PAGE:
Theology of Disability

Do you have a “theology of disability”? Probably not. I didn’t either until I read Julie Clawson’s post. Julie has a theology of disability and this is what she says about it:

“I want my theology of disability to be that God made me to be me and uses me as I am. But the Bible seems to contradict that and tells me that I am unwanted and incapable of serving God because of my arm. I have chosen to just go ahead and serve God (as a disabled woman that obviously isn’t in the Orthodox church), but some days that choice can be hard to align with scripture.”

The thrust of that post (if you didn’t click through and read it first) is that Julie read Leviticus 16:21-23 and it really disturbed her. It made her ask these questions about disability and God: “How does not being physically perfect disqualify a person from serving God? How does this (disability) make me any less holy than others?”

I originally wrote a post that tried to answer those questions, but I’ve decided not to share it. Instead, I’m going to articulate the beginnings of my (unoriginal?) theology of disability.

In the beginning (because that truly is where everything started) God made human beings without disabilities. No, the Bible doesn’t explicitly say so but there is no reason to assume that Adam or Eve were missing limbs or were disfigured in some way. I’m not aware of anyone ever suggesting this was the case. (However, I did meet a man in Ukraine who thought that Adam and Eve were able to fly!) Then came the Fall. The whole of creation became corrupted both materially and spiritually. Disabilities, deformities and defects entered the picture along with death disease and man’s inhumanity to man.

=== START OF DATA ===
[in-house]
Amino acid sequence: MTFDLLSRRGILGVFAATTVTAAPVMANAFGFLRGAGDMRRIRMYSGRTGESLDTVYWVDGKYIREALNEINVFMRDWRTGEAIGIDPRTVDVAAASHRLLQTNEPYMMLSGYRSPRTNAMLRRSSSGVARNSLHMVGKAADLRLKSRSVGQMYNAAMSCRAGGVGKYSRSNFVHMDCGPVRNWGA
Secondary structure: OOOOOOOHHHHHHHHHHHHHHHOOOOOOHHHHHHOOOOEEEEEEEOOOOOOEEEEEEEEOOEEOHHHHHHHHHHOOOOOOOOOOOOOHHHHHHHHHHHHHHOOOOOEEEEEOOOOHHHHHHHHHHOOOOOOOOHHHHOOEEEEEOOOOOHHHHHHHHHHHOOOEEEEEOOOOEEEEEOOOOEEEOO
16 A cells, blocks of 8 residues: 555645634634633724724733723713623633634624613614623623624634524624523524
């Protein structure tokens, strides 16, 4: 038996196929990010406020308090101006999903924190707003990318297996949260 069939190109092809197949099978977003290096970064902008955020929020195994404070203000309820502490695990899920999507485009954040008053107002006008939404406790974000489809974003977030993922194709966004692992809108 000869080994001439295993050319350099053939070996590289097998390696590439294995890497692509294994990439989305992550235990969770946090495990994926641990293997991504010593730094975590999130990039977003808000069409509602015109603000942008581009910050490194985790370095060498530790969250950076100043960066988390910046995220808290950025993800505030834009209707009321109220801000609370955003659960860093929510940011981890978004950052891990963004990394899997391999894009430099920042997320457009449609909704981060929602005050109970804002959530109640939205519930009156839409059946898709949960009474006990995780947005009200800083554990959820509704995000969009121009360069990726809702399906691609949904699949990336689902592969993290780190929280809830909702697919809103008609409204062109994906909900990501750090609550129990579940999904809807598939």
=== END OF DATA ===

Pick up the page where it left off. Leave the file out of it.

I believe that generally (which allows for exceptions) God doesn’t make people disabled, defective and disfigured. And while he may allow such things to exist/happen (and on occasion afflict particular people with them) God doesn’t desire humankind to be disabled. Nor do I think that God ultimately rejects people because of their physical imperfections.

What is God’s attitude toward the disabled? I think we need to look at Jesus (the exact representation of God’s being) to find out. When we see Jesus interact with the disabled, we don’t get the impression that they were unwanted by Him. We get the opposite impression: He wanted them to come to Him. He wanted to heal them. (“Lord if you are willing…” “I am willing…”) And I think that reflects God’s attitude toward the disabled. He longs to restore them to the wholeness that humans had before the Fall. He didn’t make humans to be blind or deaf or deformed. He doesn’t make them that way now. True, He allows physical defects but the miracle healings of Jesus point to a time when He will no longer allow the Curse to afflict His people that way. When the kingdom of God comes in its fullness, the people of God will receive their new bodies. Their imperishable and incorruptible bodies. There will be no disabled people for there will be no disabilities. The old things will pass away and He will make all things new.

And that is the beginning of my theology of disability.


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